Tony Schwartz, writing at the Harvard Business Review blog, warns of the dangers of splitting your attention between competing tasks. He says digital devices with always-on connections train us to split attention between many tasks without ever focusing on any one.
He says digital devices with always-on connections train us to split attention between many tasks without ever focusing on any one.
Schwartz says this hurts productivity increasing the time to finish a task by 25%.
Not surprisingly, he titles his post: The magic of doing one thing at a time. Among other things, he recommends setting aside periods of time for what he called “absorbed focus”.
I’d call this “concentration”. It is an old-fashioned idea, but I find I work best when I remove all distractions and work methodically on a single job. Almost all my work involves writing, so this means finding a laser-like focus. That’s easy to say, but hard to do.
Recently, I found myself in town between appointments. The company where I had my first call offered me the use of a quiet business lounge where I could use my iPad and wireless keyboard to catch-up with an important writing job.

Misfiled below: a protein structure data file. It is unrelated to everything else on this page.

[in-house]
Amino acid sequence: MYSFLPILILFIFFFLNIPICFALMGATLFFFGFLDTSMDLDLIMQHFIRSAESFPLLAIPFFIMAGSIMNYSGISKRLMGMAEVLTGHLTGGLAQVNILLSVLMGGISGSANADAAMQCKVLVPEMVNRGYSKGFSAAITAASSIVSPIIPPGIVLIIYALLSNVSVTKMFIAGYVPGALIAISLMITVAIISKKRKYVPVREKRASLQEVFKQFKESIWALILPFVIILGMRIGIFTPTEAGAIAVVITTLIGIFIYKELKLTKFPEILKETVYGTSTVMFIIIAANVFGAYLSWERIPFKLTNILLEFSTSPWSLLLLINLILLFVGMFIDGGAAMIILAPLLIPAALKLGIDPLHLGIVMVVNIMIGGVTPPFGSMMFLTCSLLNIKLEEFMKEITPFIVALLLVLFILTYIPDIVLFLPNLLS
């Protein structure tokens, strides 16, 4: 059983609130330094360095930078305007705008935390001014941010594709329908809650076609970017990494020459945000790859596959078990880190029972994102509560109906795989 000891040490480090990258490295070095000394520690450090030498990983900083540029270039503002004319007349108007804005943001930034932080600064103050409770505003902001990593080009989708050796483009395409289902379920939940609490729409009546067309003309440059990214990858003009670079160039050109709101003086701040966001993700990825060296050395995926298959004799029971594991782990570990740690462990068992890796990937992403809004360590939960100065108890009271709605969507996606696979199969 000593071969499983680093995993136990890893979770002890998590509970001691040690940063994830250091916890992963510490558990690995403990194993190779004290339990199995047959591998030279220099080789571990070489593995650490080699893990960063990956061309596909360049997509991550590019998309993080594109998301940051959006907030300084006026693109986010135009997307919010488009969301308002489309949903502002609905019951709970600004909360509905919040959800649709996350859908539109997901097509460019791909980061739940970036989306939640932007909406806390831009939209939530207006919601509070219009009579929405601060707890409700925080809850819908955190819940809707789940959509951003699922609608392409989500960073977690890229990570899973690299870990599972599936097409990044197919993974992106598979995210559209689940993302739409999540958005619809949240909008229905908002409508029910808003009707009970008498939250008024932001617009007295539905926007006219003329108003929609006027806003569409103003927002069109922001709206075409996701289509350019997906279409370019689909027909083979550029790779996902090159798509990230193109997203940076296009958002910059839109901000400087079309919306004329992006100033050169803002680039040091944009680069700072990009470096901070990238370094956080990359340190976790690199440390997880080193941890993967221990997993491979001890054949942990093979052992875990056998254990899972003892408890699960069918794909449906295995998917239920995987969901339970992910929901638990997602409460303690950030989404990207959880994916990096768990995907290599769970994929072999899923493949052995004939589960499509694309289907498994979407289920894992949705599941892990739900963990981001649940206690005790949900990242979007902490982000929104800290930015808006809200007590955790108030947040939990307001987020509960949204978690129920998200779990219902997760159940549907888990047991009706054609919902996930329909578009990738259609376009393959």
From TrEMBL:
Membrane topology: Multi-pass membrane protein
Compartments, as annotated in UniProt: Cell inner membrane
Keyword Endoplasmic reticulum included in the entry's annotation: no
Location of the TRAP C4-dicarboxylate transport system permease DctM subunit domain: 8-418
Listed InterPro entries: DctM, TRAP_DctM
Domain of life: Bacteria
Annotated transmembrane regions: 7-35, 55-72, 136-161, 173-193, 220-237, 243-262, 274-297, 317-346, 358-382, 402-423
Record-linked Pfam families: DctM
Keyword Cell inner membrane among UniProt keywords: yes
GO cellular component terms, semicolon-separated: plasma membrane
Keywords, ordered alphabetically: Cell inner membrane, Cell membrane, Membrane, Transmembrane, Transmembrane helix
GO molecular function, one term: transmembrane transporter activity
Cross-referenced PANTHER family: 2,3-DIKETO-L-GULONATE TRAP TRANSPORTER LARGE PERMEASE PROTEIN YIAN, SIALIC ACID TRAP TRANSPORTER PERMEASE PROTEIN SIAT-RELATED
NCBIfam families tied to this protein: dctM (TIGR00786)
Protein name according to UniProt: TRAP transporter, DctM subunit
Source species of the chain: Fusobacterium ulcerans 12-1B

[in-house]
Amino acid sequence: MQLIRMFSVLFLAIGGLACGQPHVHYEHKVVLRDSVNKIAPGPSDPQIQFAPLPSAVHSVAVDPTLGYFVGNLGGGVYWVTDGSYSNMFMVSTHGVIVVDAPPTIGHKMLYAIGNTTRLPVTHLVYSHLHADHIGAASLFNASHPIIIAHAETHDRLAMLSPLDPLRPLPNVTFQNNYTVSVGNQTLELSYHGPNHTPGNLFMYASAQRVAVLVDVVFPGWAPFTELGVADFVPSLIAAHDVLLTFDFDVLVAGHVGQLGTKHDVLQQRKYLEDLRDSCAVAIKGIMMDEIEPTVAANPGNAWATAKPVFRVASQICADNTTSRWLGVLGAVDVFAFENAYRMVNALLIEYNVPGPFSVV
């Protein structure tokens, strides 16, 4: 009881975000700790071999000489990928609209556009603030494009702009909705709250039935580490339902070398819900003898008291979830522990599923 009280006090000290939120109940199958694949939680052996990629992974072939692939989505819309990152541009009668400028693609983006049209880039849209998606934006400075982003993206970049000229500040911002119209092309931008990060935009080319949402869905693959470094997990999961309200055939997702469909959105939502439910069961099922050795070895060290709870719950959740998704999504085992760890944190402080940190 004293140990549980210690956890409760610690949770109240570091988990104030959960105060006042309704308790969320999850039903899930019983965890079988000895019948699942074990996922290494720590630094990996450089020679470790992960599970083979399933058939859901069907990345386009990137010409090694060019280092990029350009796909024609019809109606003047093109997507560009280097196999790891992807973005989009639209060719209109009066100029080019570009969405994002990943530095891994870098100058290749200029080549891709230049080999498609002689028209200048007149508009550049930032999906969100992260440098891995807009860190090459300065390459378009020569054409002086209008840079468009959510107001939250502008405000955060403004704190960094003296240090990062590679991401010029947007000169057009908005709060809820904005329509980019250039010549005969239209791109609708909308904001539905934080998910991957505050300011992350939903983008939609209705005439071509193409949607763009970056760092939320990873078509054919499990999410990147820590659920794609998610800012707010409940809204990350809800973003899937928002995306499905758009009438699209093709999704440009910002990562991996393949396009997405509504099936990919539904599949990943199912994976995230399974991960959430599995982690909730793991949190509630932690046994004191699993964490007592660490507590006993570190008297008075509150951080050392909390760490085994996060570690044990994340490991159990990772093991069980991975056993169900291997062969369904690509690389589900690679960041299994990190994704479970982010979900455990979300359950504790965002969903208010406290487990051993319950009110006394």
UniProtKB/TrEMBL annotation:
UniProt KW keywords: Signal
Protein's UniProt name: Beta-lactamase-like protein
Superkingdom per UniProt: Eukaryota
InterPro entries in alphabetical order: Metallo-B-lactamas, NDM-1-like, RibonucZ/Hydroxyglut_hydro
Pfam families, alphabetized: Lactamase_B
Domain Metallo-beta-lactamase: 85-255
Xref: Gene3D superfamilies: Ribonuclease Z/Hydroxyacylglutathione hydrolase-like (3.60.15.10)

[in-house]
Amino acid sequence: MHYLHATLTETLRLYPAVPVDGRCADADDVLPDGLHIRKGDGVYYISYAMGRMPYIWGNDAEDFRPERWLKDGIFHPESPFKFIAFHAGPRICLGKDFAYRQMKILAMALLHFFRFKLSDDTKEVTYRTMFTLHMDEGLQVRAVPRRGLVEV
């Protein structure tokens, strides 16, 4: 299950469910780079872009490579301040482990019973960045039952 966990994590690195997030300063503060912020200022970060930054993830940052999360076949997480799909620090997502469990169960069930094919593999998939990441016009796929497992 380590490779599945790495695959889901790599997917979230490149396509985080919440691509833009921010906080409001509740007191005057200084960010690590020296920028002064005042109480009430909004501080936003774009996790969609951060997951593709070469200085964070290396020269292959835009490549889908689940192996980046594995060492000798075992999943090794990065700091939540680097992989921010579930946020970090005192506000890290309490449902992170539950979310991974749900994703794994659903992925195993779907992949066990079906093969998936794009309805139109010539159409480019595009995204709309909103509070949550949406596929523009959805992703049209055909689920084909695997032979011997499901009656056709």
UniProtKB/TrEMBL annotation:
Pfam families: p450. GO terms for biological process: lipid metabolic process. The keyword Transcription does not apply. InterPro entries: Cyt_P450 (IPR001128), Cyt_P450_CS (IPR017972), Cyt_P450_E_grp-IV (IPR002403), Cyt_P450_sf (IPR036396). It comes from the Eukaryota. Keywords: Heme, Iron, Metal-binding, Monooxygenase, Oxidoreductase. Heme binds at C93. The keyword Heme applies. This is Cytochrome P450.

The iPad is ideal for this kind of work because, although it can task switch, it focuses on a single application. In this case my single application was iA Writer. I hunkered down, read through my notes and began writing.
Ninety minutes later I looked up. The time has passed almost without my noticing it. I had written the best part of a major magazine feature without speaking to another human, without answering a phone, checking email or messages. I achieved a Zen-like flow.
The self-imposed limitations made me more productive.
There’s another interesting take on The Magic of Doing One Thing at a Time at the Knowledge Jolt blog where Jack Vinson shares his tips on how to set aside blocks of time for intense focus.